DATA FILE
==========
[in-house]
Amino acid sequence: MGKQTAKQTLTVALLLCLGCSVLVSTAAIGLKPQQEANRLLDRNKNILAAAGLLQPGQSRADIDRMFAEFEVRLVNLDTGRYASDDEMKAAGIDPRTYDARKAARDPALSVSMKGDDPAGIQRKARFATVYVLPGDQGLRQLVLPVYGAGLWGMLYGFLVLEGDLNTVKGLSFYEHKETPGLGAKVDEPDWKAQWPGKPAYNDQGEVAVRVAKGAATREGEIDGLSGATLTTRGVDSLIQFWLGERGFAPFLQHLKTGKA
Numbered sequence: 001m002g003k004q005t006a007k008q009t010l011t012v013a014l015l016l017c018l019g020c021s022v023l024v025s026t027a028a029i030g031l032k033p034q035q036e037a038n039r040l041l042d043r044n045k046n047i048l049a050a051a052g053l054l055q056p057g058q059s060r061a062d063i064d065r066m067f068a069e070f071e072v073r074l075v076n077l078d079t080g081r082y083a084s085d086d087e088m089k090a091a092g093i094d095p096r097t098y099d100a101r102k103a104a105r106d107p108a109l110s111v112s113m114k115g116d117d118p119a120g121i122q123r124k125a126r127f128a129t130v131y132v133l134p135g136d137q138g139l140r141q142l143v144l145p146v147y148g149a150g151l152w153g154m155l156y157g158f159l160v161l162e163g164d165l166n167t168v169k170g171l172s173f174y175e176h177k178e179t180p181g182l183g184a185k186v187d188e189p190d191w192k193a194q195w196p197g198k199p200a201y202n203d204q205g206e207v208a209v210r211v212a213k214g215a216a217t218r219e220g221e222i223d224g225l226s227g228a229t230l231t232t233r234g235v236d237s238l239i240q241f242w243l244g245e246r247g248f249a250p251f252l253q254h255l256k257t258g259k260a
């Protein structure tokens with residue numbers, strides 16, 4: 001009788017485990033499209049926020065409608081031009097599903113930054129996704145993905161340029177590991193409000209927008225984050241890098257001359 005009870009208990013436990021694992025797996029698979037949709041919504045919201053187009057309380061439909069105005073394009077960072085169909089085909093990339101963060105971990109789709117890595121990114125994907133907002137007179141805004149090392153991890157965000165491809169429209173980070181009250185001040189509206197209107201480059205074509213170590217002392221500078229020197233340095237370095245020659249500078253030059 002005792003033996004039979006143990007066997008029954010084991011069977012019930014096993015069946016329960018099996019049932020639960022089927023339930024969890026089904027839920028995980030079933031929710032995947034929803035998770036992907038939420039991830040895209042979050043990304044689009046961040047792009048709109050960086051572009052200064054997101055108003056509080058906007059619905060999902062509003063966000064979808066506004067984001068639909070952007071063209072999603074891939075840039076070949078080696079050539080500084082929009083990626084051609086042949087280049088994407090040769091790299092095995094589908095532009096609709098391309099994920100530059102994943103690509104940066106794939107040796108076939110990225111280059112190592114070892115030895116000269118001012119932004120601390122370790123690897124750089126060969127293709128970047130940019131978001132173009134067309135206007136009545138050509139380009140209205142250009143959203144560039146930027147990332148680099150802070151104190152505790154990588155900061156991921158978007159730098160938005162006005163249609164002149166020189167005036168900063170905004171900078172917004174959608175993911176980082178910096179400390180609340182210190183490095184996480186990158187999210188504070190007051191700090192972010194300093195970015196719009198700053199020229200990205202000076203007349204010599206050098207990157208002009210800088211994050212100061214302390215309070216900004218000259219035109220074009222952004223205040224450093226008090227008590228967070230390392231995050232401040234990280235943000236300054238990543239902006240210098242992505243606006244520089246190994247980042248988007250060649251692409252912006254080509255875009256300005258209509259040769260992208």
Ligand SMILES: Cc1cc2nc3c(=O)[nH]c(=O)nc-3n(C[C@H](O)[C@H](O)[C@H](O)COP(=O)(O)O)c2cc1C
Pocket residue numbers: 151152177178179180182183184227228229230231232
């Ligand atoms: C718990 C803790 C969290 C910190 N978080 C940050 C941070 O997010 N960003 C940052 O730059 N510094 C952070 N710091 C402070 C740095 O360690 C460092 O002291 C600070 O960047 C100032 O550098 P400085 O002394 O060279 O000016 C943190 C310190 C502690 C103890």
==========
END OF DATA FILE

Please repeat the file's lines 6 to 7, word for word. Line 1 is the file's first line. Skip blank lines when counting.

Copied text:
Pocket residue numbers: 151152177178179180182183184227228229230231232
């Ligand atoms: C718990 C803790 C969290 C910190 N978080 C940050 C941070 O997010 N960003 C940052 O730059 N510094 C952070 N710091 C402070 C740095 O360690 C460092 O002291 C600070 O960047 C100032 O550098 P400085 O002394 O060279 O000016 C943190 C310190 C502690 C103890």